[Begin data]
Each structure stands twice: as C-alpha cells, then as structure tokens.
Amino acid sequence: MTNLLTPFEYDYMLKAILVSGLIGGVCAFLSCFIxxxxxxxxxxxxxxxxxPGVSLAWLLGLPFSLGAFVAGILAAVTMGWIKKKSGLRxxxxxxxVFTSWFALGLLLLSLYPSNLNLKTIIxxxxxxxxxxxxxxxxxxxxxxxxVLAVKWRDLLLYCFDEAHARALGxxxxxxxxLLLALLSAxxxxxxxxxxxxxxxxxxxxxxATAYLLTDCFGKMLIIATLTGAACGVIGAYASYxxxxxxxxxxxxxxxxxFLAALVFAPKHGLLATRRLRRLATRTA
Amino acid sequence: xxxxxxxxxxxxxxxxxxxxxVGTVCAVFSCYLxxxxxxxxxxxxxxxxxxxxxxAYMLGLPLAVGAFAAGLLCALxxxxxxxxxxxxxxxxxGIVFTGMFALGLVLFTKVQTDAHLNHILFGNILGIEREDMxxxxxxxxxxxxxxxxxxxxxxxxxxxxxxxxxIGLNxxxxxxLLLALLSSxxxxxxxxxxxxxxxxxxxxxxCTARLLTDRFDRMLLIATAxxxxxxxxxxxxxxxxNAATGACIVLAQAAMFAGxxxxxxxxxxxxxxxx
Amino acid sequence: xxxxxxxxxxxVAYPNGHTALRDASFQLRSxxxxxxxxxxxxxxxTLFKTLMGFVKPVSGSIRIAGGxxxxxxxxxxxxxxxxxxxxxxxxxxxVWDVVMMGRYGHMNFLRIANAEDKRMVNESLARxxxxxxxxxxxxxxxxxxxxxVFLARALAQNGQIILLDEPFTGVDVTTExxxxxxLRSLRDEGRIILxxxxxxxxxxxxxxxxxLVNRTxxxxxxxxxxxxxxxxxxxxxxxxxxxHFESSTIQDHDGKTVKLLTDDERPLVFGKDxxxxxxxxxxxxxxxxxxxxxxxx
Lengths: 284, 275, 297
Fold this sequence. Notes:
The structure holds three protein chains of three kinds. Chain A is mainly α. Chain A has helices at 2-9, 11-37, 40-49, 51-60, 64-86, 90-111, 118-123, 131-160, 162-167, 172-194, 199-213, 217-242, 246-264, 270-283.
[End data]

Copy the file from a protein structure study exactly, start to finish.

Each structure stands twice: as C-alpha cells, then as structure tokens.
Amino acid sequence: MTNLLTPFEYDYMLKAILVSGLIGGVCAFLSCFIxxxxxxxxxxxxxxxxxPGVSLAWLLGLPFSLGAFVAGILAAVTMGWIKKKSGLRxxxxxxxVFTSWFALGLLLLSLYPSNLNLKTIIxxxxxxxxxxxxxxxxxxxxxxxxVLAVKWRDLLLYCFDEAHARALGxxxxxxxxLLLALLSAxxxxxxxxxxxxxxxxxxxxxxATAYLLTDCFGKMLIIATLTGAACGVIGAYASYxxxxxxxxxxxxxxxxxFLAALVFAPKHGLLATRRLRRLATRTA
Amino acid sequence: xxxxxxxxxxxxxxxxxxxxxVGTVCAVFSCYLxxxxxxxxxxxxxxxxxxxxxxAYMLGLPLAVGAFAAGLLCALxxxxxxxxxxxxxxxxxGIVFTGMFALGLVLFTKVQTDAHLNHILFGNILGIEREDMxxxxxxxxxxxxxxxxxxxxxxxxxxxxxxxxxIGLNxxxxxxLLLALLSSxxxxxxxxxxxxxxxxxxxxxxCTARLLTDRFDRMLLIATAxxxxxxxxxxxxxxxxNAATGACIVLAQAAMFAGxxxxxxxxxxxxxxxx
Amino acid sequence: xxxxxxxxxxxVAYPNGHTALRDASFQLRSxxxxxxxxxxxxxxxTLFKTLMGFVKPVSGSIRIAGGxxxxxxxxxxxxxxxxxxxxxxxxxxxVWDVVMMGRYGHMNFLRIANAEDKRMVNESLARxxxxxxxxxxxxxxxxxxxxxVFLARALAQNGQIILLDEPFTGVDVTTExxxxxxLRSLRDEGRIILxxxxxxxxxxxxxxxxxLVNRTxxxxxxxxxxxxxxxxxxxxxxxxxxxHFESSTIQDHDGKTVKLLTDDERPLVFGKDxxxxxxxxxxxxxxxxxxxxxxxx
Lengths: 284, 275, 297
Fold this sequence. Notes:
The structure holds three protein chains of three kinds. Chain A is mainly α. Chain A has helices at 2-9, 11-37, 40-49, 51-60, 64-86, 90-111, 118-123, 131-160, 162-167, 172-194, 199-213, 217-242, 246-264, 270-283.